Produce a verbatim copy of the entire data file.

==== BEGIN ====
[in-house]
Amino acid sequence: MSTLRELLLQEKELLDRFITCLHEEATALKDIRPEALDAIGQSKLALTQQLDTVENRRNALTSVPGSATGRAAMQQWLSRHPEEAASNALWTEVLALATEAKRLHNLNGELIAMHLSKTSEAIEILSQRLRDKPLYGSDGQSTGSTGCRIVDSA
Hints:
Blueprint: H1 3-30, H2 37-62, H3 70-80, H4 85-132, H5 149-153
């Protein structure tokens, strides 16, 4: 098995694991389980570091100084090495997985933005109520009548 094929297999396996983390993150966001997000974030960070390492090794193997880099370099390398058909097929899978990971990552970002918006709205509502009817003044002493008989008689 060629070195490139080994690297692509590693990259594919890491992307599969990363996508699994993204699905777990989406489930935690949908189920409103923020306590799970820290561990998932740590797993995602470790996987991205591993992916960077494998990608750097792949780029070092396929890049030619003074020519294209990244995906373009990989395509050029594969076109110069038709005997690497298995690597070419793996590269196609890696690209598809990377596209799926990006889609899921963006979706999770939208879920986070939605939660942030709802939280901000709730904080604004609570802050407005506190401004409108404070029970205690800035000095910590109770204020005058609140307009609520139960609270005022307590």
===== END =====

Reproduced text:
[in-house]
Amino acid sequence: MSTLRELLLQEKELLDRFITCLHEEATALKDIRPEALDAIGQSKLALTQQLDTVENRRNALTSVPGSATGRAAMQQWLSRHPEEAASNALWTEVLALATEAKRLHNLNGELIAMHLSKTSEAIEILSQRLRDKPLYGSDGQSTGSTGCRIVDSA
Hints:
Blueprint: H1 3-30, H2 37-62, H3 70-80, H4 85-132, H5 149-153
């Protein structure tokens, strides 16, 4: 098995694991389980570091100084090495997985933005109520009548 094929297999396996983390993150966001997000974030960070390492090794193997880099370099390398058909097929899978990971990552970002918006709205509502009817003044002493008989008689 060629070195490139080994690297692509590693990259594919890491992307599969990363996508699994993204699905777990989406489930935690949908189920409103923020306590799970820290561990998932740590797993995602470790996987991205591993992916960077494998990608750097792949780029070092396929890049030619003074020519294209990244995906373009990989395509050029594969076109110069038709005997690497298995690597070419793996590269196609890696690209598809990377596209799926990006889609899921963006979706999770939208879920986070939605939660942030709802939280901000709730904080604004609570802050407005506190401004409108404070029970205690800035000095910590109770204020005058609140307009609520139960609270005022307590």